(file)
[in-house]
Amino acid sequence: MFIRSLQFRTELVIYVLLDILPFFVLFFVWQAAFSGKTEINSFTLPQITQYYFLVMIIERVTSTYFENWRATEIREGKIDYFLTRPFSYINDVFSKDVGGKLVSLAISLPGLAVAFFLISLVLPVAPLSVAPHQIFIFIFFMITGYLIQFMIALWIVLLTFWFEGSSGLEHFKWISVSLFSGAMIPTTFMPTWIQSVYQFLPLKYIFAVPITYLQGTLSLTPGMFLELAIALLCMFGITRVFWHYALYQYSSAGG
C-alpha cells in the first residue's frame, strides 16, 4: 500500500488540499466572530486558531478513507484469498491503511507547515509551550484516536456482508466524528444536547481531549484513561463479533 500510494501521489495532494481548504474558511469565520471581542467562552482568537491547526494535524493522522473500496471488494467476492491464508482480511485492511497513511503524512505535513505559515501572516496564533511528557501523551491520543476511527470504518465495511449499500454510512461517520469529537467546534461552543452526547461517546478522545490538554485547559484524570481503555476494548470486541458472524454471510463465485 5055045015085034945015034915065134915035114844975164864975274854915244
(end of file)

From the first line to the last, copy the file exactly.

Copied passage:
[in-house]
Amino acid sequence: MFIRSLQFRTELVIYVLLDILPFFVLFFVWQAAFSGKTEINSFTLPQITQYYFLVMIIERVTSTYFENWRATEIREGKIDYFLTRPFSYINDVFSKDVGGKLVSLAISLPGLAVAFFLISLVLPVAPLSVAPHQIFIFIFFMITGYLIQFMIALWIVLLTFWFEGSSGLEHFKWISVSLFSGAMIPTTFMPTWIQSVYQFLPLKYIFAVPITYLQGTLSLTPGMFLELAIALLCMFGITRVFWHYALYQYSSAGG
C-alpha cells in the first residue's frame, strides 16, 4: 500500500488540499466572530486558531478513507484469498491503511507547515509551550484516536456482508466524528444536547481531549484513561463479533 500510494501521489495532494481548504474558511469565520471581542467562552482568537491547526494535524493522522473500496471488494467476492491464508482480511485492511497513511503524512505535513505559515501572516496564533511528557501523551491520543476511527470504518465495511449499500454510512461517520469529537467546534461552543452526547461517546478522545490538554485547559484524570481503555476494548470486541458472524454471510463465485 5055045015085034945015034915065134915035114844975164864975274854915244